December 12, 2016
by Iain Duguid
In Balaam’s final oracle he announced that a star would come out of Jacob and a scepter out of Israel, a great king who would definitively crush all of her enemies (Numbers 24:17–19). In that day, pride of place would not be sufficient to keep Israel’s adversaries safe: the Amalekites, who were “first among the nations,” would come to ruin (24:20). A secure location would be no defense either: the Kenites would be flushed out of their rocky lair (24:21). Even those whom God used to destroy those nations would themselves ultimately go down in defeat at the hands of others—the Assyrians who would overcome and enslave the Kenites would themselves be subdued in due time by a warlike power from across the sea (24:24). Meanwhile, those who brought low the Assyrians would themselves come to ruin in the end (24:24). Who can endure this great day of the Lord’s wrath (24:23)?
This final oracle thus spans the entire sweep of human history. Nation after nation will rise to world domination and then fall to defeat. But when the messianic King arrives on the scene, no people other than Israel, the nation set apart, will survive the final day of destruction. At the end of all things, when all of human history has played out its course of changing fortunes, the Lord’s people will be the only ones left standing.
If it is true that Israel as God’s people has a unique relationship with the Lord that means both their present blessing and final security, then they are indeed to be envied. If the Lord has chosen Israel to be his own and has promised to be with them in the past, the present, and the future, then Balaam’s wish is understandable: “Let me die the death of the upright, and let my end be like his!” (23:10). When you even out the merely temporary fluctuations in the fortunes of people and nations, there are ultimately only two fates offered in this world. There is the Lord’s blessing leading to a flourishing life and an enviable death or the Lord’s curse leading to defeat and ultimate destruction.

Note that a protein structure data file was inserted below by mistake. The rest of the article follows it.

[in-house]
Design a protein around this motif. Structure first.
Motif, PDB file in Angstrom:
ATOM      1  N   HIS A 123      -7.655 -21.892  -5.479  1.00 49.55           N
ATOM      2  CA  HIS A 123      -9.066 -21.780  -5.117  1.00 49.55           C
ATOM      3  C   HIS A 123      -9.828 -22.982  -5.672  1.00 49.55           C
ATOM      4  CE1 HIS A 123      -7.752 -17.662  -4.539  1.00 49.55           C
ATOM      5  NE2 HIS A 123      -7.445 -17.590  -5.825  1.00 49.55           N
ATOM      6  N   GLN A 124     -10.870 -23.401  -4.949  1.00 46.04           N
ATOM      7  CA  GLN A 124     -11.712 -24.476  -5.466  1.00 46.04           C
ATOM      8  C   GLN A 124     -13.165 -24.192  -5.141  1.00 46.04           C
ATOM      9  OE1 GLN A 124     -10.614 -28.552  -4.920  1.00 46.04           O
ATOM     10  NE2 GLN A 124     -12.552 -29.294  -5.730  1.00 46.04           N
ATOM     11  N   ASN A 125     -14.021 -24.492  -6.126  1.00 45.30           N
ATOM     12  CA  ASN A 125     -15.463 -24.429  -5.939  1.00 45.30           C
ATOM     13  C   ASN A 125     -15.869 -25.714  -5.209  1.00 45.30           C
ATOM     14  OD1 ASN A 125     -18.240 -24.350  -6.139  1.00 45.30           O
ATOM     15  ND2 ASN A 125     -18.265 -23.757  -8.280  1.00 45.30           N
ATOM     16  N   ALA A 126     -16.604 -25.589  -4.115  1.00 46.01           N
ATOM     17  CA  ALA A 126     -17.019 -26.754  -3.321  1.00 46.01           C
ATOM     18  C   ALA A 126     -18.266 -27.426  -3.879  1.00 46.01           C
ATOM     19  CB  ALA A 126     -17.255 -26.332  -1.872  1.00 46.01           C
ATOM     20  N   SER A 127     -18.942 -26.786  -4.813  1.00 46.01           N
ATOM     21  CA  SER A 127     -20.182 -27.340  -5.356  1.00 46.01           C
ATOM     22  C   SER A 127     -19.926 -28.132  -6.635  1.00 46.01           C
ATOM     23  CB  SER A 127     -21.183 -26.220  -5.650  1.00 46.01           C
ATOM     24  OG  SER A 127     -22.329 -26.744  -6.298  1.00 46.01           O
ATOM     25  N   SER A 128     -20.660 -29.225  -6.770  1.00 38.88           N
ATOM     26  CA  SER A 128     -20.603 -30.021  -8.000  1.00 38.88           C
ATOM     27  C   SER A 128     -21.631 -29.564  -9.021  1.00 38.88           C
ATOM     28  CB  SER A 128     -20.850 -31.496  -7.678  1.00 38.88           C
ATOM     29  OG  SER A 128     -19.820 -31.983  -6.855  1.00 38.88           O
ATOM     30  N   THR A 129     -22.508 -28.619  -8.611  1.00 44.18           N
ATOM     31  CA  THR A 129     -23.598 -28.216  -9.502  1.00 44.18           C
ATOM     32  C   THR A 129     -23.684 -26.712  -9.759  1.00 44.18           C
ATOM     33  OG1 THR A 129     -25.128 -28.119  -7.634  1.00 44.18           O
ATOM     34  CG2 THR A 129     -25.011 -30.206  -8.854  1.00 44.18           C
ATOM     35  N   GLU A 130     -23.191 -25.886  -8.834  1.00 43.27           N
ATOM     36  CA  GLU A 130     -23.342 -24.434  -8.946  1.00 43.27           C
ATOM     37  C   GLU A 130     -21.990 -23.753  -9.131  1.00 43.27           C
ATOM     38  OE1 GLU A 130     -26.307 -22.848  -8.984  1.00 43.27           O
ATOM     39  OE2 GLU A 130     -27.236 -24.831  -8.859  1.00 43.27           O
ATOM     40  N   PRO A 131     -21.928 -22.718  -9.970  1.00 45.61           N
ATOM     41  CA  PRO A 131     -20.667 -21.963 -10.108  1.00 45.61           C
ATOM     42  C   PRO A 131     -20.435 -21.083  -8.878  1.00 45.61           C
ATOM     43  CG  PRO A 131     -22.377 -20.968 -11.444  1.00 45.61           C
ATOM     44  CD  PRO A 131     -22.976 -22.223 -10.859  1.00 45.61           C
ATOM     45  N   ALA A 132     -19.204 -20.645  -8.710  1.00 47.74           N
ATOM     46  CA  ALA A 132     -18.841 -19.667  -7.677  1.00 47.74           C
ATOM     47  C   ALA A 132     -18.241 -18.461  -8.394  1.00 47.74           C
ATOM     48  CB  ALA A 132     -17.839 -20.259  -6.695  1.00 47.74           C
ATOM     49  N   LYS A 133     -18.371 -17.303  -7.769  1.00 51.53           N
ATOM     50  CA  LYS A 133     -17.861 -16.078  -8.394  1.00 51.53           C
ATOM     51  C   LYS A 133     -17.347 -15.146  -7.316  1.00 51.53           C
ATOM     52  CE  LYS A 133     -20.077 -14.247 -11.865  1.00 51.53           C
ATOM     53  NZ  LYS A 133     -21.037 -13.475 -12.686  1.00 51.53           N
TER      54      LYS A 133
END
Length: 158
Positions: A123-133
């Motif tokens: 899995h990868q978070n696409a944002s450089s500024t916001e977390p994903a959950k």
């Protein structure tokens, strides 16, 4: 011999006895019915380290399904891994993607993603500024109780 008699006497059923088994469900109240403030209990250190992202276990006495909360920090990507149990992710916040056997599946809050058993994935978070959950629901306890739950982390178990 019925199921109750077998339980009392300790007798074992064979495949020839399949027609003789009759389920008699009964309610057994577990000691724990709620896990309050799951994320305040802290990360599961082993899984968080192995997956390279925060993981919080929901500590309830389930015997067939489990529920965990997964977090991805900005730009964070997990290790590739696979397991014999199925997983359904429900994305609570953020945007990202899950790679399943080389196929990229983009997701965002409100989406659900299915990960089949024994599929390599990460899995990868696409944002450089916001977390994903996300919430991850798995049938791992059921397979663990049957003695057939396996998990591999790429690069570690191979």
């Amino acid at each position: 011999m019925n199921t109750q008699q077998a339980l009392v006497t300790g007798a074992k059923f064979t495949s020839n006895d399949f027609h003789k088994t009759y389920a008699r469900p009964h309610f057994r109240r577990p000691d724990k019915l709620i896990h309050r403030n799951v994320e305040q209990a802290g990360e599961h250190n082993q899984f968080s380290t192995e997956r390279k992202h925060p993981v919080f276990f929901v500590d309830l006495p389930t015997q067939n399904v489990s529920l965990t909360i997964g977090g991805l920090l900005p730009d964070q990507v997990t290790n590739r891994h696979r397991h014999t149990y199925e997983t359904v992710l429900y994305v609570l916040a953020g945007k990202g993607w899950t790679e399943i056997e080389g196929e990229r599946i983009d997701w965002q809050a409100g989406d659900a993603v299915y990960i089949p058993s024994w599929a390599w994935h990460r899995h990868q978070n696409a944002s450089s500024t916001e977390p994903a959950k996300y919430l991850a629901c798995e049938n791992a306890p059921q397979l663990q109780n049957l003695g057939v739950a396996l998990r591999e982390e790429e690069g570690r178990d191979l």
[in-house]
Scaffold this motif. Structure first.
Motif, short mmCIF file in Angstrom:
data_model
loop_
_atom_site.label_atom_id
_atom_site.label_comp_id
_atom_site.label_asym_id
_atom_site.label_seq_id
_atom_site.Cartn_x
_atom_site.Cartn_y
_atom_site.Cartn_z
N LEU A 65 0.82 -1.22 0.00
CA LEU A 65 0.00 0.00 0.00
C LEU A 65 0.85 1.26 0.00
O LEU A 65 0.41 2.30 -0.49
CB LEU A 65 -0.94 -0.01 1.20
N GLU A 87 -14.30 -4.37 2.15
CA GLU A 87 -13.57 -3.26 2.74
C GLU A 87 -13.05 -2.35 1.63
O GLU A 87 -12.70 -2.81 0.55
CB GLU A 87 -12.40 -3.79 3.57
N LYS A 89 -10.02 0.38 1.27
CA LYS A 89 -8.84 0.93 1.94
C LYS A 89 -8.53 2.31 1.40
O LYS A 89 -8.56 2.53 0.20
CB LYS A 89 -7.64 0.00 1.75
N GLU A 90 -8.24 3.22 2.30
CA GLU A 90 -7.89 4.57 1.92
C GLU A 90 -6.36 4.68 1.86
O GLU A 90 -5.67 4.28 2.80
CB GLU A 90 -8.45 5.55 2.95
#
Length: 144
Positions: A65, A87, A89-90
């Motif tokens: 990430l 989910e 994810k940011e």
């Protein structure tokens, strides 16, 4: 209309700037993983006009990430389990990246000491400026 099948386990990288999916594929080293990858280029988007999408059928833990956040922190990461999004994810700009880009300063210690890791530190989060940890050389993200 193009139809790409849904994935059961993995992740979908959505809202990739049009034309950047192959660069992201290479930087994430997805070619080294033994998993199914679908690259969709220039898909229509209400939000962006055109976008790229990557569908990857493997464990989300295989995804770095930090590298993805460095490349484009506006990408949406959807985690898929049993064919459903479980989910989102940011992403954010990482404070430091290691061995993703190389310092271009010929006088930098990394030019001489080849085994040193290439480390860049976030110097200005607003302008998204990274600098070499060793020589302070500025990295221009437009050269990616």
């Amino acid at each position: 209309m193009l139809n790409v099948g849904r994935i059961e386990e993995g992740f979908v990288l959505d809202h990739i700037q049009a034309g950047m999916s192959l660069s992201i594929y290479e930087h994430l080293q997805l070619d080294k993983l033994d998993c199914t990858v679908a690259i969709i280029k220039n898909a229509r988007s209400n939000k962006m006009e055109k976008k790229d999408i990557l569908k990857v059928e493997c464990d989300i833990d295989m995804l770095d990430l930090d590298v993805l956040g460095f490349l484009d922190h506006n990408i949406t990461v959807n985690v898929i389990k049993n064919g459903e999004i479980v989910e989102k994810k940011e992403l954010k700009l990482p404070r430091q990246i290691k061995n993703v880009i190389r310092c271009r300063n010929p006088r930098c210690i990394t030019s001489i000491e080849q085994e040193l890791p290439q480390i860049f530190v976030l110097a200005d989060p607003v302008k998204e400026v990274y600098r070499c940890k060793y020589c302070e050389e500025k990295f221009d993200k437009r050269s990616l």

Yet the coming of the star that Balaam foresaw wasn’t entirely what you might have predicted. At the birth of Jesus, a heavenly star indeed rose over Israel to mark where the infant King lay. Yet the baby King lay in a manger, not in a palace, and those drawn by the star were not Israelites but foreign Magi, students of signs and portents as was Balaam, who came from the east, Balaam’s former home (Matthew 2:1–12). King Herod, an Edomite by descent, was not instantly crushed by the coming of this new King but continued his rule, slaughtering scores of innocent children in Bethlehem. The rising of this star in Christ’s first coming did not yet bring about the total destruction of the nations, for Jesus had come first to be “a light for revelation to the Gentiles and for glory to . . . Israel” (Luke 2:32). Yet in another way, his coming was exactly what Balaam anticipated: those who, like the Magi, blessed the new Israel, Jesus, and submitted to him found a blessing for themselves. Meanwhile, those who cursed this new Israel found themselves under a curse, just as the Lord had promised Abraham (24:9; see Genesis 12:3). What is more, the day is yet coming when God’s final judgment will be delivered on Herod and on all those who stand against him and his anointed.